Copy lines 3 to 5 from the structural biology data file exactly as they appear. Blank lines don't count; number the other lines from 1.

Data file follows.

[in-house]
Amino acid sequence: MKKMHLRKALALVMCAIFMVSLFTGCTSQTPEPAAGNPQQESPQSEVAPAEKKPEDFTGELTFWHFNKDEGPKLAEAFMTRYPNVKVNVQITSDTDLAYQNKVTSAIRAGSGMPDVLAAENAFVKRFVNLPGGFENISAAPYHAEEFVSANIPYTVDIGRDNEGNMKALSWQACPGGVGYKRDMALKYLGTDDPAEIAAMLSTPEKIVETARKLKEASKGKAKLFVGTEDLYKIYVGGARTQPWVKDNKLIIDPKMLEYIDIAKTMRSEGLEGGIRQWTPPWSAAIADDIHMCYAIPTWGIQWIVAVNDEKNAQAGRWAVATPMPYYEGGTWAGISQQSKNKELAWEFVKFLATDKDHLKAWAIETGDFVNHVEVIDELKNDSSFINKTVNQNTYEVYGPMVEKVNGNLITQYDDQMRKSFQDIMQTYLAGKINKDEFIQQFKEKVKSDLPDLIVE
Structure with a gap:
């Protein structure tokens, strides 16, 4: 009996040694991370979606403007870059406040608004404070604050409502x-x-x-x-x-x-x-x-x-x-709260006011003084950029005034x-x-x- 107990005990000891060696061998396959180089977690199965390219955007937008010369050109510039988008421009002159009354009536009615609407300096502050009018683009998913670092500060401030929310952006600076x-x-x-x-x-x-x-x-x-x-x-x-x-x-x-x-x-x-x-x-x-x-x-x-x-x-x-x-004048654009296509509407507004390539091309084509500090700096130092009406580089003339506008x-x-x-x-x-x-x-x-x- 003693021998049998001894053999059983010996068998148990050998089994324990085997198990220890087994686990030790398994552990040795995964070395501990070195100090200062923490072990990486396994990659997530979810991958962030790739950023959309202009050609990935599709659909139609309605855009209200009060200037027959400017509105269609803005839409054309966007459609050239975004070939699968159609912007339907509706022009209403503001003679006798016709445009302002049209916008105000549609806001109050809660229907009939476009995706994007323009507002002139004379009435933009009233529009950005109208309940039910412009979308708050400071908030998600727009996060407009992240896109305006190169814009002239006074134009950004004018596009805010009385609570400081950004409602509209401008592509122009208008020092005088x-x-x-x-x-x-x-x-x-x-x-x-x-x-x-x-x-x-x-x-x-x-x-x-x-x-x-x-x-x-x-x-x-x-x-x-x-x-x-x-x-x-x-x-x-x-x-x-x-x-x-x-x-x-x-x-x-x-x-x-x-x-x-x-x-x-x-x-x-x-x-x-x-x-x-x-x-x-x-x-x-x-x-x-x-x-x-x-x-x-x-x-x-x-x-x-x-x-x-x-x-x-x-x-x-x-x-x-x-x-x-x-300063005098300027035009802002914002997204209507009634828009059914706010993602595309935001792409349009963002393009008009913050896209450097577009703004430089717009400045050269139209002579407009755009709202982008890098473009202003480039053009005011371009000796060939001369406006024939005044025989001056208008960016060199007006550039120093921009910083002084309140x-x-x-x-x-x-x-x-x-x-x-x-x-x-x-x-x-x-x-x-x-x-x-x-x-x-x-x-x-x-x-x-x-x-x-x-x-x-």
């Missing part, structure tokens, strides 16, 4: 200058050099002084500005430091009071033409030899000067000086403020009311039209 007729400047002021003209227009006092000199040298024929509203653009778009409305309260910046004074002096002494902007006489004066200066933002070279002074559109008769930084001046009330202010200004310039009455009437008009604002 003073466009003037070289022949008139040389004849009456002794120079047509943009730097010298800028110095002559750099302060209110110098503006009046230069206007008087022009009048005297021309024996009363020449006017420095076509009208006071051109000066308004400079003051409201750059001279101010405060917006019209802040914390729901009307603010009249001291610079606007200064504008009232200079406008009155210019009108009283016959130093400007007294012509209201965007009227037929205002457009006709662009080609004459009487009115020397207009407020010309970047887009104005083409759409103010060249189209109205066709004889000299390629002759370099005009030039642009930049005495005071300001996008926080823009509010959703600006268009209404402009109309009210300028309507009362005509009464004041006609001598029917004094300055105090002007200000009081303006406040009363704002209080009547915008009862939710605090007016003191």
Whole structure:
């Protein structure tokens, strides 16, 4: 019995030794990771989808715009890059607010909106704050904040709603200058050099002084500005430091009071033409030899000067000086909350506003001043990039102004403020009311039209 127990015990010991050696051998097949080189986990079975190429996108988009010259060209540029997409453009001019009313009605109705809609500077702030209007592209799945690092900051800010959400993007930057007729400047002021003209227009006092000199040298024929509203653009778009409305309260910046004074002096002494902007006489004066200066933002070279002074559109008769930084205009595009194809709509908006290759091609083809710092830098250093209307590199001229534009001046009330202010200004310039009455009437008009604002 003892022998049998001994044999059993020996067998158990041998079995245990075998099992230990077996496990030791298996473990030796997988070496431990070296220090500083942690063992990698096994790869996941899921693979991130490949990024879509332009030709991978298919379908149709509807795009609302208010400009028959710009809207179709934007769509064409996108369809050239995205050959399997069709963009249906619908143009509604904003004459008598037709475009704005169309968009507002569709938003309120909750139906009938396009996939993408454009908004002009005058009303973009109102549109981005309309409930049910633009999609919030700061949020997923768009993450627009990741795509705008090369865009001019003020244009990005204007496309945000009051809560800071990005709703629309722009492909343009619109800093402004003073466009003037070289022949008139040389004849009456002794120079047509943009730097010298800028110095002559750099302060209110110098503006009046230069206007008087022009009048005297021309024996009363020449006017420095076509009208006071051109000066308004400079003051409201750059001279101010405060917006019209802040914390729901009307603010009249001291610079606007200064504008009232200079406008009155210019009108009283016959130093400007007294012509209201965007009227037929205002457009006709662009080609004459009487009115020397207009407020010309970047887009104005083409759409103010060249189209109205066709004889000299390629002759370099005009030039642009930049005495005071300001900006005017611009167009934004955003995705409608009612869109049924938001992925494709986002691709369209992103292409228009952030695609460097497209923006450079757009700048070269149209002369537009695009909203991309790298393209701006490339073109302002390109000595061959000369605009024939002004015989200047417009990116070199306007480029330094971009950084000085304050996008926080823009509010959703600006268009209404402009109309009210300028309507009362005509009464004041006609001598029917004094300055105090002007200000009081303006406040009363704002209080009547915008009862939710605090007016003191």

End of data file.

Structure with a gap:
């Protein structure tokens, strides 16, 4: 009996040694991370979606403007870059406040608004404070604050409502x-x-x-x-x-x-x-x-x-x-709260006011003084950029005034x-x-x- 107990005990000891060696061998396959180089977690199965390219955007937008010369050109510039988008421009002159009354009536009615609407300096502050009018683009998913670092500060401030929310952006600076x-x-x-x-x-x-x-x-x-x-x-x-x-x-x-x-x-x-x-x-x-x-x-x-x-x-x-x-004048654009296509509407507004390539091309084509500090700096130092009406580089003339506008x-x-x-x-x-x-x-x-x- 003693021998049998001894053999059983010996068998148990050998089994324990085997198990220890087994686990030790398994552990040795995964070395501990070195100090200062923490072990990486396994990659997530979810991958962030790739950023959309202009050609990935599709659909139609309605855009209200009060200037027959400017509105269609803005839409054309966007459609050239975004070939699968159609912007339907509706022009209403503001003679006798016709445009302002049209916008105000549609806001109050809660229907009939476009995706994007323009507002002139004379009435933009009233529009950005109208309940039910412009979308708050400071908030998600727009996060407009992240896109305006190169814009002239006074134009950004004018596009805010009385609570400081950004409602509209401008592509122009208008020092005088x-x-x-x-x-x-x-x-x-x-x-x-x-x-x-x-x-x-x-x-x-x-x-x-x-x-x-x-x-x-x-x-x-x-x-x-x-x-x-x-x-x-x-x-x-x-x-x-x-x-x-x-x-x-x-x-x-x-x-x-x-x-x-x-x-x-x-x-x-x-x-x-x-x-x-x-x-x-x-x-x-x-x-x-x-x-x-x-x-x-x-x-x-x-x-x-x-x-x-x-x-x-x-x-x-x-x-x-x-x-x-x-300063005098300027035009802002914002997204209507009634828009059914706010993602595309935001792409349009963002393009008009913050896209450097577009703004430089717009400045050269139209002579407009755009709202982008890098473009202003480039053009005011371009000796060939001369406006024939005044025989001056208008960016060199007006550039120093921009910083002084309140x-x-x-x-x-x-x-x-x-x-x-x-x-x-x-x-x-x-x-x-x-x-x-x-x-x-x-x-x-x-x-x-x-x-x-x-x-x-």
């Missing part, structure tokens, strides 16, 4: 200058050099002084500005430091009071033409030899000067000086403020009311039209 007729400047002021003209227009006092000199040298024929509203653009778009409305309260910046004074002096002494902007006489004066200066933002070279002074559109008769930084001046009330202010200004310039009455009437008009604002 003073466009003037070289022949008139040389004849009456002794120079047509943009730097010298800028110095002559750099302060209110110098503006009046230069206007008087022009009048005297021309024996009363020449006017420095076509009208006071051109000066308004400079003051409201750059001279101010405060917006019209802040914390729901009307603010009249001291610079606007200064504008009232200079406008009155210019009108009283016959130093400007007294012509209201965007009227037929205002457009006709662009080609004459009487009115020397207009407020010309970047887009104005083409759409103010060249189209109205066709004889000299390629002759370099005009030039642009930049005495005071300001996008926080823009509010959703600006268009209404402009109309009210300028309507009362005509009464004041006609001598029917004094300055105090002007200000009081303006406040009363704002209080009547915008009862939710605090007016003191």